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Home   About ACSM   Join ACSM   Meetings   Continuing Education   Get Certified   Access Public Information Aug. 28, 2012


In this issue:

Active Voice: Why Exercise-based Interventions are so Important to Women’s Health
Wellness Week: September 17-23, 2012
Attend the 2012 Advanced Team Physician Course
Policy Corner: Survey Shows Obesity, Lack of Exercise as Top Children’s Health Concerns
Tune In: Paralympics Begin Friday
Join your ACSM Regional Chapter
Sports Medicine & Exercise Science Headlines

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Active Voice: Why Exercise-based Interventions are so Important to Women's Health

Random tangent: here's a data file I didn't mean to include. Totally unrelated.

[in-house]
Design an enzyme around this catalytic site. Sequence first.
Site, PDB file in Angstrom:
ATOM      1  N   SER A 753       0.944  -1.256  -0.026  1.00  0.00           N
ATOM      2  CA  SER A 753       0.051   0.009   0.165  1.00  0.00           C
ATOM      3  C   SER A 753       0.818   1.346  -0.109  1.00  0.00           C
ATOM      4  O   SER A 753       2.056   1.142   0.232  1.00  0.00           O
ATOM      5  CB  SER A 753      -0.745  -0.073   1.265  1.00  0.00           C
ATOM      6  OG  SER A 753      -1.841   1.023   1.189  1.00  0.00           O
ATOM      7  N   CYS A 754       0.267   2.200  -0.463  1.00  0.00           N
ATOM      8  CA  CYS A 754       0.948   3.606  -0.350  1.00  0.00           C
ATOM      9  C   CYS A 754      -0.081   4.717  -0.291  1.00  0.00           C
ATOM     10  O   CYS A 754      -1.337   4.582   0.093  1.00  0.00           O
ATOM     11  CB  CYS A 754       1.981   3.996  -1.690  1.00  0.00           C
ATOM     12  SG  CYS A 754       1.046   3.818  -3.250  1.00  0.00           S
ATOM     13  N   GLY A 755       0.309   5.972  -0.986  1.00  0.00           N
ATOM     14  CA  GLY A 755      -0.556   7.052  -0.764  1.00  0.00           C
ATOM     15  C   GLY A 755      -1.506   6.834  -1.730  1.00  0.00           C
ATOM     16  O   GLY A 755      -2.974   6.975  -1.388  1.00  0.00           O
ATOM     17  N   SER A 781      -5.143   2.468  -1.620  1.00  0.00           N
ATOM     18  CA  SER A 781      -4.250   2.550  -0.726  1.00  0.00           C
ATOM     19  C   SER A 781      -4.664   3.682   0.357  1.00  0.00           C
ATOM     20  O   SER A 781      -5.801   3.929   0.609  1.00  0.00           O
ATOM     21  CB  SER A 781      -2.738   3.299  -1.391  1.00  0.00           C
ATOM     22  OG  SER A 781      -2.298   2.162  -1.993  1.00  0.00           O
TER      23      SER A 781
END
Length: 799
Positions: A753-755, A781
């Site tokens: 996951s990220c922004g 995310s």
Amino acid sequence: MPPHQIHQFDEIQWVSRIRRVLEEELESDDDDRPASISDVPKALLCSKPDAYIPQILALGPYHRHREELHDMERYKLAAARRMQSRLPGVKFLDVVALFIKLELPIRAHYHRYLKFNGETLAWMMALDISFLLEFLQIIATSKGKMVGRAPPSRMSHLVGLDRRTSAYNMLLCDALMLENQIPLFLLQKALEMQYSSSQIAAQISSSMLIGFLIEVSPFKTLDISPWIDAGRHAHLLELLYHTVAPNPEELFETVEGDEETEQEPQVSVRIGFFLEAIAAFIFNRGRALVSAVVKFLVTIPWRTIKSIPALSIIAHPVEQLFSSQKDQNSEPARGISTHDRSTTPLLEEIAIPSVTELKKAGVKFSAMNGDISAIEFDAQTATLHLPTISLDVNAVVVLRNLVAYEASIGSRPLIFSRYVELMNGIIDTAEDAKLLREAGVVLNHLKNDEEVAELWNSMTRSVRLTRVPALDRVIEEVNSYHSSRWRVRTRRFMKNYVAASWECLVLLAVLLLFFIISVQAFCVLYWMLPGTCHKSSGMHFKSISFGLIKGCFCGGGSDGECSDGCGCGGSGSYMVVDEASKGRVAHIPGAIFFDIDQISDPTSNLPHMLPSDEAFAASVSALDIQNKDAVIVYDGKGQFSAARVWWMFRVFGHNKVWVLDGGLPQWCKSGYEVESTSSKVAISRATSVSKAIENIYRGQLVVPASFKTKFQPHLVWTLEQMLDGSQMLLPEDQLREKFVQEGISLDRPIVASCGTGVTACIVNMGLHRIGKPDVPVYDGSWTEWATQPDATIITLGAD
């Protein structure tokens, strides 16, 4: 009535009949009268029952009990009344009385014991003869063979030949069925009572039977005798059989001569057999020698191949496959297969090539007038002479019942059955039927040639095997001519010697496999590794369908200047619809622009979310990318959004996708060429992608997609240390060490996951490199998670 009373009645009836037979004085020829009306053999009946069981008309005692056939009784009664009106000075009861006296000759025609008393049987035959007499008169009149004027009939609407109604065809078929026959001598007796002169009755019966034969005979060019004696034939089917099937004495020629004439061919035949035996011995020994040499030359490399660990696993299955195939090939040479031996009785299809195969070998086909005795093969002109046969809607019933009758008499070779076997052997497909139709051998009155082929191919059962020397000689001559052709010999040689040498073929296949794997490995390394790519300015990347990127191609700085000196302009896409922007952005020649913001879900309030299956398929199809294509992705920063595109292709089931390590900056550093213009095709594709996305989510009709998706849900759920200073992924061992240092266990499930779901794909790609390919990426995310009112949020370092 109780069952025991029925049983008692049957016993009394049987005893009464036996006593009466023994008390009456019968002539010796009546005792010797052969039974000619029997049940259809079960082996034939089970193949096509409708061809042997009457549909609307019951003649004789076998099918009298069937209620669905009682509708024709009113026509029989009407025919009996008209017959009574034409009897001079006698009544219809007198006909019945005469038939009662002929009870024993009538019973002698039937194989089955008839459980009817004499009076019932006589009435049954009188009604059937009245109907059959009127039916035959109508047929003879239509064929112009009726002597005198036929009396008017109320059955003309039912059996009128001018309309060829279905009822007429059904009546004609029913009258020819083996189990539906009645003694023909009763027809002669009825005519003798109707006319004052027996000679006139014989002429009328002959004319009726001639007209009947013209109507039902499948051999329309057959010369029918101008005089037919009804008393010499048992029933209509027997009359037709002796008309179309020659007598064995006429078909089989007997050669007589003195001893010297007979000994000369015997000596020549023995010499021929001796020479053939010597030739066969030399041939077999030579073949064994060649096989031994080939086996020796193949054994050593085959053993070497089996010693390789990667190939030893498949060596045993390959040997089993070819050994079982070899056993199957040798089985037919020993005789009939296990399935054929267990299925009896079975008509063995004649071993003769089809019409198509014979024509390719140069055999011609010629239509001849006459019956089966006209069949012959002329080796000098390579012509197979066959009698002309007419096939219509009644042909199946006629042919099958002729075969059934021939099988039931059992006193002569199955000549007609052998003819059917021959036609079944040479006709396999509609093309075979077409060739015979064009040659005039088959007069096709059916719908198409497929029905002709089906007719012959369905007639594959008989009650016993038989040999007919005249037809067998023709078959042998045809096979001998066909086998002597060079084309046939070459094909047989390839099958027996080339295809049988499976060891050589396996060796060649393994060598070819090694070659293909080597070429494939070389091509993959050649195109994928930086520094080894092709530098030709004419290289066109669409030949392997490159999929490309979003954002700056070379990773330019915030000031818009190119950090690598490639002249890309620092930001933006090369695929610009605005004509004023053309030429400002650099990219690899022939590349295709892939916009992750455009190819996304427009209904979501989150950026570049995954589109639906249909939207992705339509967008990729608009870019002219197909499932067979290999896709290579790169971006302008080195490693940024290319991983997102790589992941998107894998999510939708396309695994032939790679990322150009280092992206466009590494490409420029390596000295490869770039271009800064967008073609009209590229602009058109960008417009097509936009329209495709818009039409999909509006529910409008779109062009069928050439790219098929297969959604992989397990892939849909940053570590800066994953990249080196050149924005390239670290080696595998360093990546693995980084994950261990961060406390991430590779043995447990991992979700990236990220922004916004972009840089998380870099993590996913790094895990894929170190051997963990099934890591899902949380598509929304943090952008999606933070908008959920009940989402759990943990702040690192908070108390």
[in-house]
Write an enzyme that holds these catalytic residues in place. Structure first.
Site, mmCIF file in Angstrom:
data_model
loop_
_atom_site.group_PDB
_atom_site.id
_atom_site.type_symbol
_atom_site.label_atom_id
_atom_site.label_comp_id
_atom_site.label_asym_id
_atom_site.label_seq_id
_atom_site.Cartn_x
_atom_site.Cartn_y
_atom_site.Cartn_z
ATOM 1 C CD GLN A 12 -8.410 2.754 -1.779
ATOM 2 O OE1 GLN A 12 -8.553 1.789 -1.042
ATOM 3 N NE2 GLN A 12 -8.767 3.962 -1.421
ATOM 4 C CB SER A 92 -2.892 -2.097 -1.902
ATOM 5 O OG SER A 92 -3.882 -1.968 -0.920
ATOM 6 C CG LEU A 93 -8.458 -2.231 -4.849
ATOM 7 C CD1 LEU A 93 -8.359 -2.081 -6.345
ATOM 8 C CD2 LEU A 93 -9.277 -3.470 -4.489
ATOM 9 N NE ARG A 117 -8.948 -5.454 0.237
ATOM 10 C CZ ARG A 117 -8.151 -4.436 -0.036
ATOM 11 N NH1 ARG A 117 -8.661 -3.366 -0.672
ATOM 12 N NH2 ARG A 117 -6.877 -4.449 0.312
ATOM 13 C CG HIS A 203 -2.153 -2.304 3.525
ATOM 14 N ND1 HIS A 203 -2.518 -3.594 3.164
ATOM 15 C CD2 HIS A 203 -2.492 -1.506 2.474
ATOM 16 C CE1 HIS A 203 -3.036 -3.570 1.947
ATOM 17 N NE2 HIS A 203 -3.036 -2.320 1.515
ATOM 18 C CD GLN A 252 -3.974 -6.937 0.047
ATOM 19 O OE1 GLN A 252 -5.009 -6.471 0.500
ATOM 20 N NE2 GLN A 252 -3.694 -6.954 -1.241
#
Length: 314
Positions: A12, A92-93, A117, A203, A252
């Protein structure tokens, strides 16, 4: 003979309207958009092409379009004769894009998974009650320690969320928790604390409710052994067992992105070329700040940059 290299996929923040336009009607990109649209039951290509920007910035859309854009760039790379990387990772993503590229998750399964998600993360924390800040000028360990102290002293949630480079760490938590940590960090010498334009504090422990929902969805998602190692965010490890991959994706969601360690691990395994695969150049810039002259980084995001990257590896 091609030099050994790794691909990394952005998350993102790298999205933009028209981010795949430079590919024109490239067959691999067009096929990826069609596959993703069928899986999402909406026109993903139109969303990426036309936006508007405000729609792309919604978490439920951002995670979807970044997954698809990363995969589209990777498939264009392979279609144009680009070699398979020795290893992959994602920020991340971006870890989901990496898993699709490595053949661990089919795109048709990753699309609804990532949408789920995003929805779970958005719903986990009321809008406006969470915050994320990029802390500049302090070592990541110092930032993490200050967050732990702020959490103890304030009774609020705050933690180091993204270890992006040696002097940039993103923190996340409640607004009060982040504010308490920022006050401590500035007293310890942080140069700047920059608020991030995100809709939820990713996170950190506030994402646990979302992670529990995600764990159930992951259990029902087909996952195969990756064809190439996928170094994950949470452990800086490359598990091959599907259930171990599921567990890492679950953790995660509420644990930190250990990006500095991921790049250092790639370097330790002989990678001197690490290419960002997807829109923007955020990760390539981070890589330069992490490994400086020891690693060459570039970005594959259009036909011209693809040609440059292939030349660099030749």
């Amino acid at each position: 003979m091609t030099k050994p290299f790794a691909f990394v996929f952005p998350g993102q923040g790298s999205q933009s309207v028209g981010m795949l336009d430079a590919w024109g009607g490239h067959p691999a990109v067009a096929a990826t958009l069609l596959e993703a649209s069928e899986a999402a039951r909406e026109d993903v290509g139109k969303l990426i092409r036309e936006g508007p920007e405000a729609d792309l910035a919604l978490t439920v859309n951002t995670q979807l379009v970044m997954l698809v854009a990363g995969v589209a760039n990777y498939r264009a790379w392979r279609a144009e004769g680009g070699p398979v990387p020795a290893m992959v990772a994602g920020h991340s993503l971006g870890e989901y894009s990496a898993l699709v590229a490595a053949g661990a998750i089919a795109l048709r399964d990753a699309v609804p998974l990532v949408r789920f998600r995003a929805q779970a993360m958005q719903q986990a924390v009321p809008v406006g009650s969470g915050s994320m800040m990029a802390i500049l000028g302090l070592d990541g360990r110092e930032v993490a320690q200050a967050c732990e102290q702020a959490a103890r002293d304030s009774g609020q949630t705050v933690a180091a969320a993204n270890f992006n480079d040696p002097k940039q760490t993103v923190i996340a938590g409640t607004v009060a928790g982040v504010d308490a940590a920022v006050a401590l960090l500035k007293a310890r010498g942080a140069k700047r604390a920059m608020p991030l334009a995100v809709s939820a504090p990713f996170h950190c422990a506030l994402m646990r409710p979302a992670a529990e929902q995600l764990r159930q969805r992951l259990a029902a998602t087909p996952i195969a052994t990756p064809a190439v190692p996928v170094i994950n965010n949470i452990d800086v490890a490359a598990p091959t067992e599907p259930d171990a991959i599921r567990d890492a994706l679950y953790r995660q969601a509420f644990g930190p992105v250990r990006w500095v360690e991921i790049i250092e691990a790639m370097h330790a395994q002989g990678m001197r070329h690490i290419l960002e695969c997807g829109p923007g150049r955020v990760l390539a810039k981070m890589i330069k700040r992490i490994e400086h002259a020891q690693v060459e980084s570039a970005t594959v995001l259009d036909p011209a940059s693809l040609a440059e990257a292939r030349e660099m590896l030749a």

By Espen E. Spangenburg, Ph.D.    Share    Share on FacebookTwitterShare on LinkedinE-mail article
Viewpoints presented in SMB commentaries reflect opinions of the authors and do not necessarily reflect positions or policies of ACSM.

Espen E. Spangenburg, Ph.D. is an associate professor in the Department of Kinesiology at the University of Maryland, College Park. His research focus includes understanding alterations in cellular metabolic and physiological function under conditions of estrogen dysfunction. This commentary presents Dr. Spangenburg’s views on related research that he and colleagues have published in the October 2012 issue of ACSM’s Medicine & Science in Sports & Exercise® (MSSE) and the October 2012 issue of Exercise and Sports Sciences Reviews (ESSR).